If pictures tell a thousand words, then Michael Kloth’s photography in Shelter Puppies, a book to be published on October 4, 2011, is a story of satisfying triumph over cruelty and tragedy.
According to the National Animal Interest Alliance about four million dogs per year enter shelters, of which 2.2 million are strays and another 1.8 million are surrendered by their owners. Approximately 1 million of these are placed in permanent homes, while over 2 million are euthanized.
Michael Kloth is a professional photographer who volunteers with shelters and animal placement organizations to build pictorial portfolios to help them “market” their adoptable residents to the public. By Kloth’s own confession, he believes that anyone looking for a dog can find a good match among the shelters and rescue organizations, many of which have nationwide networks on the internet, complete with histories and pictures to assist the potential owner.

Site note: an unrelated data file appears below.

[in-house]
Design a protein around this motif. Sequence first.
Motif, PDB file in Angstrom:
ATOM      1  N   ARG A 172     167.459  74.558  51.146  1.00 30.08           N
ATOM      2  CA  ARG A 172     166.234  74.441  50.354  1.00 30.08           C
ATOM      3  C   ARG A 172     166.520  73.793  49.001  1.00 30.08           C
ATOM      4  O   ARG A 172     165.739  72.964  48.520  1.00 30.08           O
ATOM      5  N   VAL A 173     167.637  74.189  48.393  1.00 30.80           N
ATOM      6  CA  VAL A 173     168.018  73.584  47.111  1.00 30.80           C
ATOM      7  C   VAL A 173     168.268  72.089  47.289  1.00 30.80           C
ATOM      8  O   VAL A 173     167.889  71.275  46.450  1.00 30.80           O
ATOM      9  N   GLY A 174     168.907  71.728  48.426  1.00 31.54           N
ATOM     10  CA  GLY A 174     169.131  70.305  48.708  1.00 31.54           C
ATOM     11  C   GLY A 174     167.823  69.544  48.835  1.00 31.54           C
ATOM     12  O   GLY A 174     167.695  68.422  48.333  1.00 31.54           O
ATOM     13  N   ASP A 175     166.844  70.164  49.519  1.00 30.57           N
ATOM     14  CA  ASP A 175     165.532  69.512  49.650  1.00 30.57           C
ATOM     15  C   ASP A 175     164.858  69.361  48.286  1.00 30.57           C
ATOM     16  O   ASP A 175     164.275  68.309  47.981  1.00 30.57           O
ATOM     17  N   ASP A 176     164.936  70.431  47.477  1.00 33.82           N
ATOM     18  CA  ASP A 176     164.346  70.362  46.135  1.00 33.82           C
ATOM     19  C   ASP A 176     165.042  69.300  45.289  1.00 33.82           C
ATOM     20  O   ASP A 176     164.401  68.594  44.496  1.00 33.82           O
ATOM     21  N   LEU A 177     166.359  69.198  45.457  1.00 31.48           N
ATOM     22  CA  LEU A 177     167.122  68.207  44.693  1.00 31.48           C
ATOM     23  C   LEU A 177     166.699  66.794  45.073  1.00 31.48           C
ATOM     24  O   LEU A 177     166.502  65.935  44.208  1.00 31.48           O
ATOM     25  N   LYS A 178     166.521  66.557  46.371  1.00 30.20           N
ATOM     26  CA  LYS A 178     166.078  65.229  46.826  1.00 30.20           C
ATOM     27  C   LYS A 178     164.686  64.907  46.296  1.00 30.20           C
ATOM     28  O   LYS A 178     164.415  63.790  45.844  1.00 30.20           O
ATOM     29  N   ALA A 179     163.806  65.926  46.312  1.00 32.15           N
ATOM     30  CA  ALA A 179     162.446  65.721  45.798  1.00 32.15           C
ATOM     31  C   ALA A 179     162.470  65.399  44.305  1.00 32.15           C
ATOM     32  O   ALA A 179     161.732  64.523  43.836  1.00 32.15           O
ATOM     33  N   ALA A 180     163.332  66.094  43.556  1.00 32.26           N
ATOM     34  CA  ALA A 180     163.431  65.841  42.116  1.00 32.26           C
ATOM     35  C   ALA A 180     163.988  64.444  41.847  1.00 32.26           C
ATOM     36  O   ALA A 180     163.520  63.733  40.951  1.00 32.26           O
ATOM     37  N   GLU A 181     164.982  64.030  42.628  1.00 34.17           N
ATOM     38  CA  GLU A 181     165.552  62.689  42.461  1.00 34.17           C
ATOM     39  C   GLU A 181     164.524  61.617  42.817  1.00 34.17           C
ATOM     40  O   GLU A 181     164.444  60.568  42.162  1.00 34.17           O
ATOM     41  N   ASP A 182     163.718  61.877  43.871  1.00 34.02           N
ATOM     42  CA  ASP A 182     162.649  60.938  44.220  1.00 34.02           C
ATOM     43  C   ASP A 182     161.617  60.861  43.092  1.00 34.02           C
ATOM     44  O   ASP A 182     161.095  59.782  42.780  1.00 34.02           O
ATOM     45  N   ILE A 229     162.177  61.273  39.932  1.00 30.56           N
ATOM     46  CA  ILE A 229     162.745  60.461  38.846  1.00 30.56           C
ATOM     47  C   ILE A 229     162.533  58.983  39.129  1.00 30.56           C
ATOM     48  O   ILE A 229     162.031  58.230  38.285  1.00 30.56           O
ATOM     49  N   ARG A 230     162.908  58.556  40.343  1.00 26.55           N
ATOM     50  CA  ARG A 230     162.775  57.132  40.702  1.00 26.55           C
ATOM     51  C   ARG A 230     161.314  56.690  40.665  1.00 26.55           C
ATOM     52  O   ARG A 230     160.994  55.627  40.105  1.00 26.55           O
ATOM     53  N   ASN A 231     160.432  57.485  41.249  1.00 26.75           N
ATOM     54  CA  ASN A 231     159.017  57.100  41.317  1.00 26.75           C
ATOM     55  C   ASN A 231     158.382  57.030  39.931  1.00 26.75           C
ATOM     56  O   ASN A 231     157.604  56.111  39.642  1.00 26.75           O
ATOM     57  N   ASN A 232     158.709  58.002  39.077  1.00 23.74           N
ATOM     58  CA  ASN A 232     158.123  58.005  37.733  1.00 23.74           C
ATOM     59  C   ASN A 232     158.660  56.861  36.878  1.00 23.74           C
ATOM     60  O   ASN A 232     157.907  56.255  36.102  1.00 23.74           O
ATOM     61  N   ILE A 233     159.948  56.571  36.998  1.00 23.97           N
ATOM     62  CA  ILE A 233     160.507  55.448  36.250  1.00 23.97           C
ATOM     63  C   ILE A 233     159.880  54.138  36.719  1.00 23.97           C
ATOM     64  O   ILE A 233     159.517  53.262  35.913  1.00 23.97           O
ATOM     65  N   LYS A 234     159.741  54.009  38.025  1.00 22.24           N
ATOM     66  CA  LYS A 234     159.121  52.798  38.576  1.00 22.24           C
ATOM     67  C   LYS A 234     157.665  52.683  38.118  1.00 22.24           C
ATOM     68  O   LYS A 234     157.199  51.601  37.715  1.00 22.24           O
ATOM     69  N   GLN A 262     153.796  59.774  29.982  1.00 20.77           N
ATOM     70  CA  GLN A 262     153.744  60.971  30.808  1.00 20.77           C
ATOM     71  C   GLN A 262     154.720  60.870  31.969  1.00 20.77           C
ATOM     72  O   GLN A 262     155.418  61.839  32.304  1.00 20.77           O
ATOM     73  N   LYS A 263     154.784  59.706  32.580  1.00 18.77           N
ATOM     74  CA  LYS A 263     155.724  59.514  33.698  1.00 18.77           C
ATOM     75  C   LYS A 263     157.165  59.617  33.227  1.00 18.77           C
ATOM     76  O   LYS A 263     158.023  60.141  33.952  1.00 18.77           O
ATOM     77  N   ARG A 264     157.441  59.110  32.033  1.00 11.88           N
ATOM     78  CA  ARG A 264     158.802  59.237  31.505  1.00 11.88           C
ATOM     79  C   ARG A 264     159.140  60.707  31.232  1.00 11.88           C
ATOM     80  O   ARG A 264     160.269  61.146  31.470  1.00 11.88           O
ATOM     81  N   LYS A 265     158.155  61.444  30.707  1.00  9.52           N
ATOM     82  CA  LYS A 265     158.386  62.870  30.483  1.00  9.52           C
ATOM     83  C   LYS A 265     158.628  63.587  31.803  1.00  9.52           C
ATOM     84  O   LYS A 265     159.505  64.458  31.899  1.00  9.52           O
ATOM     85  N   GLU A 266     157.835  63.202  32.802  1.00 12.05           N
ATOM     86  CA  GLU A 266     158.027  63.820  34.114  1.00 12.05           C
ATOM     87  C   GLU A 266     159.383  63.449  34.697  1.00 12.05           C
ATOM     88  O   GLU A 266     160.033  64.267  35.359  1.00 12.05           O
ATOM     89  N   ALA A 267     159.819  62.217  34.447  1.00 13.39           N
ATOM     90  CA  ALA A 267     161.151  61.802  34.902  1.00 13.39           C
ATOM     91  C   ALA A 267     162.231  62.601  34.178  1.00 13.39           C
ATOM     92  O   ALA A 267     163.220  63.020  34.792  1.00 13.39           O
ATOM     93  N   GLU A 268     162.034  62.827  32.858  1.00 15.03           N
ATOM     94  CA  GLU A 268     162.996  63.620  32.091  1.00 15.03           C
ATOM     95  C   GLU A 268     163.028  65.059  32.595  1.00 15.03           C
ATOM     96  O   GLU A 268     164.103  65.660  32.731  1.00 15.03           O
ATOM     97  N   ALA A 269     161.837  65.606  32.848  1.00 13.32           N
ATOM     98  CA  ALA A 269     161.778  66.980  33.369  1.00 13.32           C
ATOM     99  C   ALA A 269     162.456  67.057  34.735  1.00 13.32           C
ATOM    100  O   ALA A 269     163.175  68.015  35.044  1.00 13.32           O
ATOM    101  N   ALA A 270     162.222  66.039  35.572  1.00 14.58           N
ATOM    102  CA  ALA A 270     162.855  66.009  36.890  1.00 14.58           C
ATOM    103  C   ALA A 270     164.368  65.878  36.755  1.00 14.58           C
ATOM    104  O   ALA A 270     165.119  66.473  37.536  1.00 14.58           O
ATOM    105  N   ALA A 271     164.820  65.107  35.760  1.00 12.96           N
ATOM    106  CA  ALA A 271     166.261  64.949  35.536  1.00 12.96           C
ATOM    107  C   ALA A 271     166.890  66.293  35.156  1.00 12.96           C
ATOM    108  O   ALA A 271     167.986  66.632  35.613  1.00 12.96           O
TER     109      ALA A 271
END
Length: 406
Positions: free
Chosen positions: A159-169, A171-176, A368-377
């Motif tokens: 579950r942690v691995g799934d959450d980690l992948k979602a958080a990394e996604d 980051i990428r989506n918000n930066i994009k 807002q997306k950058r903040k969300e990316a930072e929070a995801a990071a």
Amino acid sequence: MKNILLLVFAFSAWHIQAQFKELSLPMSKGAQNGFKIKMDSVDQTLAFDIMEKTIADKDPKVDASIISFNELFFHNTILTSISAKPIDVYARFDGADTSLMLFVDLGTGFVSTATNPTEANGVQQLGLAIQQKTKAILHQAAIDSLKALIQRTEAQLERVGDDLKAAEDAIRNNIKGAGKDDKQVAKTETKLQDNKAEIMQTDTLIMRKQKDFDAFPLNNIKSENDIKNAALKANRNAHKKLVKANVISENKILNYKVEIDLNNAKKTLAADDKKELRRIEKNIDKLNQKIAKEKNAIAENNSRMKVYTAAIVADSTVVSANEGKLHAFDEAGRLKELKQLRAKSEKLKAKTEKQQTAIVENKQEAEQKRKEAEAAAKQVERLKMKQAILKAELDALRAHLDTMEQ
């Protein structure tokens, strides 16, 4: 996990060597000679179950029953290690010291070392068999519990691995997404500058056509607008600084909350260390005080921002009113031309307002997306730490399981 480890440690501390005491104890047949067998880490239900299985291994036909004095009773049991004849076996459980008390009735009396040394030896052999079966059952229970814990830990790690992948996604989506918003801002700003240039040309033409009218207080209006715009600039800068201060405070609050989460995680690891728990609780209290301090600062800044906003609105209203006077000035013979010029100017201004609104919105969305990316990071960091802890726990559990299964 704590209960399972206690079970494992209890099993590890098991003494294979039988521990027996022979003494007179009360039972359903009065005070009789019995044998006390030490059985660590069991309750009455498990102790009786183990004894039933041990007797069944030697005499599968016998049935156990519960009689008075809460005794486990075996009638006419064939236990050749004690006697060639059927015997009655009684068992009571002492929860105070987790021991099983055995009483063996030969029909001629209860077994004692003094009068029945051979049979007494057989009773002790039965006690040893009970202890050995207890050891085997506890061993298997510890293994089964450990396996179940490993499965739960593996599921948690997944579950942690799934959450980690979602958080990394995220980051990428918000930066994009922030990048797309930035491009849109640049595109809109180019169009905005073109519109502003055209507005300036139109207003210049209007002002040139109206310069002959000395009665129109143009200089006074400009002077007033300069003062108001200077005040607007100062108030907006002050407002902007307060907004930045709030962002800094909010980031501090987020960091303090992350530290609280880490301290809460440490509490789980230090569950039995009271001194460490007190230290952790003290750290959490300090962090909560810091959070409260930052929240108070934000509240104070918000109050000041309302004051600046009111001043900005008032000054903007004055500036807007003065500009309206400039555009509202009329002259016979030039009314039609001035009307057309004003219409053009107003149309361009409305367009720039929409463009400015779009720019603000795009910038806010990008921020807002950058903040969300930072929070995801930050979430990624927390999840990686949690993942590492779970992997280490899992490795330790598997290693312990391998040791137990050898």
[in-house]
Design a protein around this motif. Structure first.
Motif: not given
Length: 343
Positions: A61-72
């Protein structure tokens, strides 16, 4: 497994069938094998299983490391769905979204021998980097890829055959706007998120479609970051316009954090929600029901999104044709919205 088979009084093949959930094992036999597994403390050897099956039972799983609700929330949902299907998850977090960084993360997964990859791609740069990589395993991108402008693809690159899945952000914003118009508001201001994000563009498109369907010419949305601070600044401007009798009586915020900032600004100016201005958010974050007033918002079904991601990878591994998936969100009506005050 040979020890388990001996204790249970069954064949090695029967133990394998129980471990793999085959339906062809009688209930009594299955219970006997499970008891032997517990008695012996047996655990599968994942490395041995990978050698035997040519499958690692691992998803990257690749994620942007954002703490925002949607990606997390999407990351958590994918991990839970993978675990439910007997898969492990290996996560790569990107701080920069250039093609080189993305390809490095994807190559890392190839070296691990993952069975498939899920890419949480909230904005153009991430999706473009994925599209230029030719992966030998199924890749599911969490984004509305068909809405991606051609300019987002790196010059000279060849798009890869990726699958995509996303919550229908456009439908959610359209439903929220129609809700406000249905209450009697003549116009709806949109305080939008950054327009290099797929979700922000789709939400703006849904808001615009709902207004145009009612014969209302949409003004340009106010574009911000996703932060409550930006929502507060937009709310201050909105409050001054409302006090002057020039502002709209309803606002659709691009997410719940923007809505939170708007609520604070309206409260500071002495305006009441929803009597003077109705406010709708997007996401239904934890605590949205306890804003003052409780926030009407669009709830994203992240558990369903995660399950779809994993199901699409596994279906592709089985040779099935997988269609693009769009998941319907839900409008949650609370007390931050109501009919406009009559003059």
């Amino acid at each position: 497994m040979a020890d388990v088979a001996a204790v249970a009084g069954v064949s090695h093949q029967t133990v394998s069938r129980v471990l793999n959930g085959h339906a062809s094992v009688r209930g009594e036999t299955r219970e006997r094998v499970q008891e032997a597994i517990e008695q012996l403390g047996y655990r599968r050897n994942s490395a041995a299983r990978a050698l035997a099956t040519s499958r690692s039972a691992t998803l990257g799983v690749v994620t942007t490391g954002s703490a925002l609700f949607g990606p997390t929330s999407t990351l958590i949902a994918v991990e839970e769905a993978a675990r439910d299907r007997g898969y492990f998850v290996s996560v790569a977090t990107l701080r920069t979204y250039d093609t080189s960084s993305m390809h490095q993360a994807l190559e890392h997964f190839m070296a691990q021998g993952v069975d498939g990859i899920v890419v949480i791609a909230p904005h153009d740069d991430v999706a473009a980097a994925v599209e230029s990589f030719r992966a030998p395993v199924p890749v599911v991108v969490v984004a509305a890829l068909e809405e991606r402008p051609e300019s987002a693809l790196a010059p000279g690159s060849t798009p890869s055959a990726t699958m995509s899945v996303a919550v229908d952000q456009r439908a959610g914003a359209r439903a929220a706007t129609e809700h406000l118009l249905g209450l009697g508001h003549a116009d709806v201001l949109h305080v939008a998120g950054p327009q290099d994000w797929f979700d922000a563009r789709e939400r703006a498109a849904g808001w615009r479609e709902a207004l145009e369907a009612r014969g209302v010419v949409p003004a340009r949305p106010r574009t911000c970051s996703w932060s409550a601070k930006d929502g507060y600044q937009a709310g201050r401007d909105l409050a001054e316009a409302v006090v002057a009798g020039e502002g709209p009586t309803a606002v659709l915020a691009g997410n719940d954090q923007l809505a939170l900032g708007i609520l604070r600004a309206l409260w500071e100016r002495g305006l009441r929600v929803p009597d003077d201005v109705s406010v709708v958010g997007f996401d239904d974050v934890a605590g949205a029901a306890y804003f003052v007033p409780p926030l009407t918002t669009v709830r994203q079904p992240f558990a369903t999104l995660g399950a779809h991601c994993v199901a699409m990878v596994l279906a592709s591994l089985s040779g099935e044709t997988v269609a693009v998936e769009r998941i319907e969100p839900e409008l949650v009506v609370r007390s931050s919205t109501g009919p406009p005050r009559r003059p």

One can expect from Shelter Puppies dozens of beautiful pictures of cute, cuddly, and playful pets. Kloth’s photography captures the engaging elements of puppy personalities very well, some of which expose the unfathomable curiosity of these animals as well as some that disclose stories of abuse and abandonment. Kloth includes notes on some of the puppies after they have found permanent homes, many written by those new pet owners who have found deep levels of companionship with their new family members.
One note written by Terra and Jason Kelly about their adoption of Jerry, a border collie mix, says, “We’ve never loved a dog like this. Our little man Jerry is family, a true best friend. We knew he was ours the moment we saw this picture online, and we drove halfway across the state to adopt him. His charm and affection have filled our lives with joy ever since.”
Pet owners who have experienced the undeniable connections between themselves and their companions from the canine world will enjoy Michael Kloth’s photography. Shelter Puppies is not a book for those who are searching for in-depth reporting on the societal problem of animal cruelty and abandonment. It is not meant for that audience, though Kloth cites some statistics and lists numerous organizations who can provide such information for those who want to explore the issue further. Shelter Puppies is a book to enjoy for what it is, a photo album, professionally created and assembled, telling a story through the language of pictures.
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